Dynamics of genomic and immune responses during primary immunotherapy resistance in mismatch repair–deficient tumors

Nobuyuki Takahashi, Vinodh N. Rajapakse, Lorinc Pongor, Suresh Kumar, Camille Tlemsani, Rebecca Erwin-Cohen, Howard A. Young, Stephen Hewitt, Jun S. Wei, Javed Khan, Alejandro V. Villarino, Jane B. Trepel, Anish Thomas

Research output: Contribution to journalArticlepeer-review

1 Scopus citations


Mismatch repair–deficient (dMMR) cancers generate a substantial number of immunogenic neoantigens, rendering them sensitive to immunotherapy. Yet, there is considerable variability in responses, and roughly one-half of dMMR cancers are refractory to immunotherapy. Here we study a patient with dMMR lung cancer refractory to immunotherapy. The tumor exhibited typical dMMR molecular features, including exceptionally high frameshift insertions and deletions (indels). Despite the treatment inducing abundant intratumoral T-cell infiltrates, it failed to elicit tumor regression, pointing to the T cells lacking cytotoxic activity. A post-treatment tumor demonstrated compound heterozygous frameshift deletions located upstream of the kinase domain in the gene encoding JAK1 protein, down-regulation of JAK1 and mediators of its signal transduction, and total loss of JAK1 phosphorylation. Importantly, one of the JAK1 mutations, despite not being detected in the pretreatment tumor, was found at low variant allele frequency in the pretreatment circulating tumor DNA, suggesting clonal selection of the mutation. To our knowledge, this report provides the most detailed look yet at defective JAK1 signaling in the context of dMMR and immunotherapy resistance. Together with observations of JAK1 frameshift indels being enriched in dMMR compared with MMR-proficient tumors, our findings demonstrate the critical function of JAK1 in immunological surveillance of dMMR cancer.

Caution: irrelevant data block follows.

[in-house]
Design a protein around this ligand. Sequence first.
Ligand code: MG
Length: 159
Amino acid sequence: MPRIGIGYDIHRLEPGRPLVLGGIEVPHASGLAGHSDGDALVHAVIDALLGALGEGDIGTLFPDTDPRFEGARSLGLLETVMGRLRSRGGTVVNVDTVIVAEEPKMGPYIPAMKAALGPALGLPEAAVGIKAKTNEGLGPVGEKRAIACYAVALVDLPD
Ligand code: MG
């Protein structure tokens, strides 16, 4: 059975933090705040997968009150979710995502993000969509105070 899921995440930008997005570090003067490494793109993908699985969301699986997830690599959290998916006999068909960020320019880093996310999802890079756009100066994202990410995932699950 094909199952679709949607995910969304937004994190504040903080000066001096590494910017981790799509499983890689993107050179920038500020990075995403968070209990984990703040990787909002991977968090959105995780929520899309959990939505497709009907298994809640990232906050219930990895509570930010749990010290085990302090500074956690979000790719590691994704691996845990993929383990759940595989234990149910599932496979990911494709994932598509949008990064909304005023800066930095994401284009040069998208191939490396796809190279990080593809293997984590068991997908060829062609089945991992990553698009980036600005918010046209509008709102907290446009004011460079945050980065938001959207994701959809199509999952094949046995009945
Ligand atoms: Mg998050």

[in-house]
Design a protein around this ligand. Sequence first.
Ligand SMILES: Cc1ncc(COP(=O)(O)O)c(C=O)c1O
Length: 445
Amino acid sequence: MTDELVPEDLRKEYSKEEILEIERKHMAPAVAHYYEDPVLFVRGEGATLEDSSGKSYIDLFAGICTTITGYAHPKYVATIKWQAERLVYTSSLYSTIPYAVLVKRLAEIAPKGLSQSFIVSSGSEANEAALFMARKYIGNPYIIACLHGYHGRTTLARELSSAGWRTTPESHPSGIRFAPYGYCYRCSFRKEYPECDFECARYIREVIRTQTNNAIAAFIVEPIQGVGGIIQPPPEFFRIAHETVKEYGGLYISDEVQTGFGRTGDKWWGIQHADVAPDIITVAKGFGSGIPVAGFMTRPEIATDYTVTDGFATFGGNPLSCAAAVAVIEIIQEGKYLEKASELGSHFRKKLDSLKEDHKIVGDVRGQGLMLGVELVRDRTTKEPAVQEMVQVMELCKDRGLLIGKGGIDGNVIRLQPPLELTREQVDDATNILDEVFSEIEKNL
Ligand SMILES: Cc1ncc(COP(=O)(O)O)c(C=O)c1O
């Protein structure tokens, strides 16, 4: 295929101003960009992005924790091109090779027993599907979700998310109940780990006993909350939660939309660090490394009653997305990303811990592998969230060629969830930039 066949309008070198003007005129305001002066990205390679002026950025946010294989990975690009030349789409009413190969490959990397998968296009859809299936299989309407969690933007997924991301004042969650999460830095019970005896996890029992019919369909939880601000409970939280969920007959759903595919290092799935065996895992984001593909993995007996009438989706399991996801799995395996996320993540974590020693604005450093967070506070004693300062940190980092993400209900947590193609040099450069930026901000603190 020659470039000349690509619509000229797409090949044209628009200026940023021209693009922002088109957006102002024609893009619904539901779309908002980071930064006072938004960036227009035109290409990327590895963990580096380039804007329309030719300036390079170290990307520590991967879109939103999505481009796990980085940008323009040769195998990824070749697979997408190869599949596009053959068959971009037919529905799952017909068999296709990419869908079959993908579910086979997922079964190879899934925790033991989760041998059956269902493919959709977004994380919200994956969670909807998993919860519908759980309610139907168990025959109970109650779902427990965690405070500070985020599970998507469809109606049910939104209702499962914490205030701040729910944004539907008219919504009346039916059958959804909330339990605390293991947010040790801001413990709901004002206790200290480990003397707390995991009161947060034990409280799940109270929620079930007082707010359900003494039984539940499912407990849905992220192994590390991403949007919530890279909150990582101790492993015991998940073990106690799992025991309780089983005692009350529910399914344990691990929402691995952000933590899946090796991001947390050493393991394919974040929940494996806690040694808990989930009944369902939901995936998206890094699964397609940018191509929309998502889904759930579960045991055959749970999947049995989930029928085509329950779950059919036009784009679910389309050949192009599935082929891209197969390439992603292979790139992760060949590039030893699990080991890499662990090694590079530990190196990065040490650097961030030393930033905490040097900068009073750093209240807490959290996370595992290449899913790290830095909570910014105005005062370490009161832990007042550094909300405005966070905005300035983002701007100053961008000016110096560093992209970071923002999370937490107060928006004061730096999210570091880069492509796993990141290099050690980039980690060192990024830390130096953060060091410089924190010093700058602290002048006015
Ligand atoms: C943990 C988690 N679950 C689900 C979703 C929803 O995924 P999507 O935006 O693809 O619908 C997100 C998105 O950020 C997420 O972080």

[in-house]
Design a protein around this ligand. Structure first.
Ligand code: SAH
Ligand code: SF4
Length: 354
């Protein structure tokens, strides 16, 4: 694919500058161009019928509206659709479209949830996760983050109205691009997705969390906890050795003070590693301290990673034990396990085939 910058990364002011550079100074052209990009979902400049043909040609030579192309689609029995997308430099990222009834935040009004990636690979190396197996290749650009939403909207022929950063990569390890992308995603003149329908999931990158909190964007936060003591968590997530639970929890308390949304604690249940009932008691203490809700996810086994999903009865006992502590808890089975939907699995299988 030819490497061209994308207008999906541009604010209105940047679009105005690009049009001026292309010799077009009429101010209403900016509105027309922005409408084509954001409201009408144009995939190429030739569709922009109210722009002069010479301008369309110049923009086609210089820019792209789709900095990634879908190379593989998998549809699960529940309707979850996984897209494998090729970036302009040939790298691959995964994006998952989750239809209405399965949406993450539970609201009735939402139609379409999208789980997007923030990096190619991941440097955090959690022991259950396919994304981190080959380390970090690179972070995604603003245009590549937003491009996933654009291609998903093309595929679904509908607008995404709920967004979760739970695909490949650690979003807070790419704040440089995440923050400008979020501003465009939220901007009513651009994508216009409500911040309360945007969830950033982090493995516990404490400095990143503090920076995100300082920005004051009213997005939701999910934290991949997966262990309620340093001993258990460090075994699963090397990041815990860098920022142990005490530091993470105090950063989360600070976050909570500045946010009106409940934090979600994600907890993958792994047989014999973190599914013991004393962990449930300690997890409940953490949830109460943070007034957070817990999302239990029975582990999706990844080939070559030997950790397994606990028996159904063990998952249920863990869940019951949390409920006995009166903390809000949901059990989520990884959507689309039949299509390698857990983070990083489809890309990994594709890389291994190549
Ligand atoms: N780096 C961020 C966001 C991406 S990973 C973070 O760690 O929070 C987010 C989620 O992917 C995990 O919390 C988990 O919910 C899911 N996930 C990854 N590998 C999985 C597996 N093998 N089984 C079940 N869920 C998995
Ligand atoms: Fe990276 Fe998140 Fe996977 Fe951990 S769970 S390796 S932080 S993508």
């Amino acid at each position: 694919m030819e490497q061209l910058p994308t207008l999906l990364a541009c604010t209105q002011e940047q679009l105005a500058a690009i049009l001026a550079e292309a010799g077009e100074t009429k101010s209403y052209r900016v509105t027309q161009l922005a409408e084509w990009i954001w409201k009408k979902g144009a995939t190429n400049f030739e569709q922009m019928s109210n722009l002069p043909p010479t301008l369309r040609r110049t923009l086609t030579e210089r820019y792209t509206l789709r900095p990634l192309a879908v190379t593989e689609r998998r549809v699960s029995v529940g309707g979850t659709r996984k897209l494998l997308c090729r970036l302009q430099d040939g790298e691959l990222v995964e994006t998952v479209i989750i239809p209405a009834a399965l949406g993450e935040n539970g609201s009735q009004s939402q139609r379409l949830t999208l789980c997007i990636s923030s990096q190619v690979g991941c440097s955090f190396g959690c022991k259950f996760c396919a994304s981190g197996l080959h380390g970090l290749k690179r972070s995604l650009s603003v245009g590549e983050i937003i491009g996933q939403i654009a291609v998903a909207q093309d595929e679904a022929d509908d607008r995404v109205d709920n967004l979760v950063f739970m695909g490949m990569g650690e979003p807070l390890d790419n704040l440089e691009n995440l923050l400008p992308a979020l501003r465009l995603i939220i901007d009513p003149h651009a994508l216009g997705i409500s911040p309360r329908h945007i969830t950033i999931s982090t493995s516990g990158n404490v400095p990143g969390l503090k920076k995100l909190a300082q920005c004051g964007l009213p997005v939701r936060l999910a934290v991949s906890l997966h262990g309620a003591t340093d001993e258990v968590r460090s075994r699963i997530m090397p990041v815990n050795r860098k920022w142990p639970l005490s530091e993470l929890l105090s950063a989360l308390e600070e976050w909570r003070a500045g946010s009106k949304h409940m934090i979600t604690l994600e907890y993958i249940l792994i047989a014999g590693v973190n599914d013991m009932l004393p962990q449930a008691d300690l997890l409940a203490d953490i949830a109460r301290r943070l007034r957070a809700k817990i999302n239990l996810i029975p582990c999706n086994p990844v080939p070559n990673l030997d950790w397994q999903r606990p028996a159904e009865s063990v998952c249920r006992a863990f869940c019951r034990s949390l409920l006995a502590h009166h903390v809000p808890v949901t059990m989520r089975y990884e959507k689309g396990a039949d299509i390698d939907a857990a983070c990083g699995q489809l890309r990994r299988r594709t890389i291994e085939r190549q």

Original languageEnglish (US)
Article numbera005678
JournalCold Spring Harbor Molecular Case Studies
Issue number5
StatePublished - Oct 2020

ASJC Scopus subject areas

  • Biochemistry
  • Molecular Medicine
  • Genetics
  • Genetics(clinical)


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